Call for permanent tribunal to support child sex abuse victims


A Government-funded "popular tribunal" should be established on a permanent basis to take evidence from survivors of child sexual abuse, a report has recommended.

The tribunal proposal is the key recommendation from a year-long unofficial inquiry which found that existing institutions had failed to provide survivors with "meaningful opportunities for either healing or justice".

The report of the UK Child Sex Abuse People's Tribunal blamed "a series of institutional failings" for preventing the reporting of abuse, and claimed that there were "clear links" between children left vulnerable as a result and "predatory abuse on an organised scale".

The People's Tribunal was set up in 2014 on the initiative of survivors and their supporters, and has heard the testimonies of 20 people about their experience of sexual abuse, as well as taking evidence from expert witnesses.

In its report, released in Westminster, the Tribunal recommended:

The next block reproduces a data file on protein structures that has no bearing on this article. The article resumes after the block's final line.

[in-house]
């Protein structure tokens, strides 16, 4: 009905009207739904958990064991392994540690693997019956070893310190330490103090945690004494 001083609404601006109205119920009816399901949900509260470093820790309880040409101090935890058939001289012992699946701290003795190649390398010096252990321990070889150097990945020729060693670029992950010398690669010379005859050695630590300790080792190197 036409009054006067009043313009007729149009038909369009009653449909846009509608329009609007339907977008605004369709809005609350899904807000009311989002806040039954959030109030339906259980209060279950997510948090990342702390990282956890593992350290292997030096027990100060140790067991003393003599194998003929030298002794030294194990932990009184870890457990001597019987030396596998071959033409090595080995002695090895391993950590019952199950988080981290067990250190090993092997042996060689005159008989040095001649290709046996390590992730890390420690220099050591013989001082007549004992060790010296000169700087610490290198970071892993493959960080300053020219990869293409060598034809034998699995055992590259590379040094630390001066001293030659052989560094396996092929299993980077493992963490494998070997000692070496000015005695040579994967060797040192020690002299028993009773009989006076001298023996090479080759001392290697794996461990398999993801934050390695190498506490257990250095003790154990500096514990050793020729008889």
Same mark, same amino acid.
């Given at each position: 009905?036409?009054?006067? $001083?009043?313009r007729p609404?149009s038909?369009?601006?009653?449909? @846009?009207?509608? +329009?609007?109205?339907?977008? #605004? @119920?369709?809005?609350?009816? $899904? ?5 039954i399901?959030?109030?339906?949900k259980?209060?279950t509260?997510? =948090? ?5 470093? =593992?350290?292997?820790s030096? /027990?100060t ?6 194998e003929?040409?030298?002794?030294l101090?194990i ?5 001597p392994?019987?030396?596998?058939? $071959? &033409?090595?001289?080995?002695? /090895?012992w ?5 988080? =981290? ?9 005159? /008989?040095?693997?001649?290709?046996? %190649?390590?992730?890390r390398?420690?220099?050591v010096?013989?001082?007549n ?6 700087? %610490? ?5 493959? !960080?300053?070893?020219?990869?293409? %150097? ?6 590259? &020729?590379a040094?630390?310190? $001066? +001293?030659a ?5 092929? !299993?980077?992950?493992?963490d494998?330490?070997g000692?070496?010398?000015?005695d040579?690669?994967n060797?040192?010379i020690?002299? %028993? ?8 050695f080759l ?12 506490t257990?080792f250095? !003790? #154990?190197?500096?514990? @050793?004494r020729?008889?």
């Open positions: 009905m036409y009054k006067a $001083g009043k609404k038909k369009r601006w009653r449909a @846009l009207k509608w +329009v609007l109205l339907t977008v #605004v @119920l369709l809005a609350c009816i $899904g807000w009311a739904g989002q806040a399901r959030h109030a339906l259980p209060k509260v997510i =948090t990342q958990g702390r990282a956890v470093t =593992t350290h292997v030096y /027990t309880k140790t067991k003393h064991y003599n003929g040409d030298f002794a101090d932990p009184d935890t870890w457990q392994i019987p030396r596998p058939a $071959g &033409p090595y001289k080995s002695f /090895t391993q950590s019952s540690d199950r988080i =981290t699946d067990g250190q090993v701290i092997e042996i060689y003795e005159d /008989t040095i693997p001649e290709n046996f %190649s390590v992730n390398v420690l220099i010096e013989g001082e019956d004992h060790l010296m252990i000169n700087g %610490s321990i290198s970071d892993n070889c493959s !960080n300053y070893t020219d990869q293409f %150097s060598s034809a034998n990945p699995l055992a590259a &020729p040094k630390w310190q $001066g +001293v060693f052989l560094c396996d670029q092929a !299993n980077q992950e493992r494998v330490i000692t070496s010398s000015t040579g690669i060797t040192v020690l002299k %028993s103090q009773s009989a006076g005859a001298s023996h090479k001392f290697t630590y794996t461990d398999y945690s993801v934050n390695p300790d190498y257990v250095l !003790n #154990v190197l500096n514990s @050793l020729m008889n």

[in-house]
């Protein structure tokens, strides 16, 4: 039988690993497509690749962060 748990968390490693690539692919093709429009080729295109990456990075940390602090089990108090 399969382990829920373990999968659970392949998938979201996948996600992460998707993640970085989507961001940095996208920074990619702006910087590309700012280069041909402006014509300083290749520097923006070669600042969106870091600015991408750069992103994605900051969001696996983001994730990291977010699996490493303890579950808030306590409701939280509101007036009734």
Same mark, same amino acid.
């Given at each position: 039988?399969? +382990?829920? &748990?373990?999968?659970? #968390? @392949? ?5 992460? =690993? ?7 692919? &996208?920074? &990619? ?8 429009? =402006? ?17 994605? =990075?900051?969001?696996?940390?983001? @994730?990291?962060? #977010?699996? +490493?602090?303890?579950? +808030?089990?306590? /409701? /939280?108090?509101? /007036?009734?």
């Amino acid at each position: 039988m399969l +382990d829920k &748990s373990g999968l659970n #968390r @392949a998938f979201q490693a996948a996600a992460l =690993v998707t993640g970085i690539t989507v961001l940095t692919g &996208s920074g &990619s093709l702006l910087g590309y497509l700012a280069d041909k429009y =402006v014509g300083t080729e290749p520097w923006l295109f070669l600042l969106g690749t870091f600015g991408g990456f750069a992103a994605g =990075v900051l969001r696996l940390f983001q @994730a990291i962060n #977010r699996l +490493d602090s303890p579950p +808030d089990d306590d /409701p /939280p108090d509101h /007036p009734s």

:: A permanent, state-funded popular tribunal to enable survivors to come forward and tell their stories;

:: Provision of advocates to survivors giving evidence, to assist their access to justice.

:: Mental health services to be linked to police investigations to help victims disclose abuse;

:: Channels to allow victims to give evidence anonymously if they fear reprisals;

:: Training for the police, judiciary and health service on the effects of undisclosed sexual abuse;

:: Establishment of a Royal Commission to enquire whether the criminal and civil justice systems are fit for purpose in investigating allegations of sexual abuse.

The Tribunal's legal adviser Alan Collins, a partner at Hugh James solicitors, said: "The People's Tribunal's preliminary findings reveal that there exists a widespread under-reporting of sexual abuse, which is the result of inadequate systems and safeguards which, if in place, would undoubtedly have led to a greater number of victims coming forward to report historic or ongoing abuse.

"The Tribunal's ability to have gathered the amount of evidence it has in just a year is testament to the fact that by having a proper forum in place that victims feel comfortable participating in, crimes and abuses can be effectively reported, and victims can start to move on with their lives following these extremely traumatic experiences."

Mr Collins said there was "a real concern" that the Independent Inquiry into Child Sexual Abuse, chaired by Dame Lowell Goddard, will be "ineffectual" without evidence provided by survivors and witnesses through an additional route such as the proposed popular tribunal.